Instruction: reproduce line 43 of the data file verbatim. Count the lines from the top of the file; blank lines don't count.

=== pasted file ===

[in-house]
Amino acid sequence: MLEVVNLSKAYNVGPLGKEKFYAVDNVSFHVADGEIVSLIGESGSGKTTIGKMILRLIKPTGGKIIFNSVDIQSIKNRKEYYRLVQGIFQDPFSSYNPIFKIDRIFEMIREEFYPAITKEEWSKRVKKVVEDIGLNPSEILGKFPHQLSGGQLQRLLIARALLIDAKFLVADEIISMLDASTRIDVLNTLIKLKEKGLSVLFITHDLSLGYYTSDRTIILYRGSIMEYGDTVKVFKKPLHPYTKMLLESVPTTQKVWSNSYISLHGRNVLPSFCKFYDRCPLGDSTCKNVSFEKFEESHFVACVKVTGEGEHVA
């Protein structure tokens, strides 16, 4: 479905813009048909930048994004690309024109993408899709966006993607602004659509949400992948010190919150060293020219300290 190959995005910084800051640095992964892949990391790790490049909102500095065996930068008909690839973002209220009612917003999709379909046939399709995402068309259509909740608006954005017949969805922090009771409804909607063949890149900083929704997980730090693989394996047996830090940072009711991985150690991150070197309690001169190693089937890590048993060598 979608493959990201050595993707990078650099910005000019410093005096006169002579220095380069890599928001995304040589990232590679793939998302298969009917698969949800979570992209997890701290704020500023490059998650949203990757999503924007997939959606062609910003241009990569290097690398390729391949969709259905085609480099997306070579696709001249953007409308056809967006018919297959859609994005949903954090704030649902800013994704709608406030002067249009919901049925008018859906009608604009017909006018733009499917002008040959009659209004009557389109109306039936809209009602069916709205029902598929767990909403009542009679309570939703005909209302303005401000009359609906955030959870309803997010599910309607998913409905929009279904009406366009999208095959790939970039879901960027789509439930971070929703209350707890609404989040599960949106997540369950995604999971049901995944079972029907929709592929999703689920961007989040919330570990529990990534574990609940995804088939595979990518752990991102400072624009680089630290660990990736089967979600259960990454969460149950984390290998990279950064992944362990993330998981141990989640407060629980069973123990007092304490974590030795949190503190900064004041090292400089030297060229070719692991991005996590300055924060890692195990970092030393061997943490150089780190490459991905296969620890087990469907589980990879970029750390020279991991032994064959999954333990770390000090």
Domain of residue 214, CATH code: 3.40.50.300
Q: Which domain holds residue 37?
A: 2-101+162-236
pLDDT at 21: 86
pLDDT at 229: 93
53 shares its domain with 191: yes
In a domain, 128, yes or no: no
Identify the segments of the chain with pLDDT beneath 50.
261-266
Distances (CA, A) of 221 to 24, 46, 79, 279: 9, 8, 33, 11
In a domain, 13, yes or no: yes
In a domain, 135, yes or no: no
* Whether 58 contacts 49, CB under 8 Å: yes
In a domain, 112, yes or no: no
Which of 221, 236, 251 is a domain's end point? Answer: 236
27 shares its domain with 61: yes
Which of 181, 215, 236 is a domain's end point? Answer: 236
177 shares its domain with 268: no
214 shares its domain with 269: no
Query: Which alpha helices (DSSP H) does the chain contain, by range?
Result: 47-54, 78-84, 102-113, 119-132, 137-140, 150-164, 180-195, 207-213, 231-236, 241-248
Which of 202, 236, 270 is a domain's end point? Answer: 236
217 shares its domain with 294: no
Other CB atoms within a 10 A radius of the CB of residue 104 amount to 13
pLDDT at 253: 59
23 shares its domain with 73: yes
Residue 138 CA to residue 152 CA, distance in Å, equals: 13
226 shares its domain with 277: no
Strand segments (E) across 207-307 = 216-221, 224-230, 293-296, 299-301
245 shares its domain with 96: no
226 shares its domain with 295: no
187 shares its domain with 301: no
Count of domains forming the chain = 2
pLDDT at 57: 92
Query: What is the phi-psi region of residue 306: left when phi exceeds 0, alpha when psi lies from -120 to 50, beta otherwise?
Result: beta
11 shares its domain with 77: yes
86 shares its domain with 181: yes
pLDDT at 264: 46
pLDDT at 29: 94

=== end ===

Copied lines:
pLDDT at 29: 94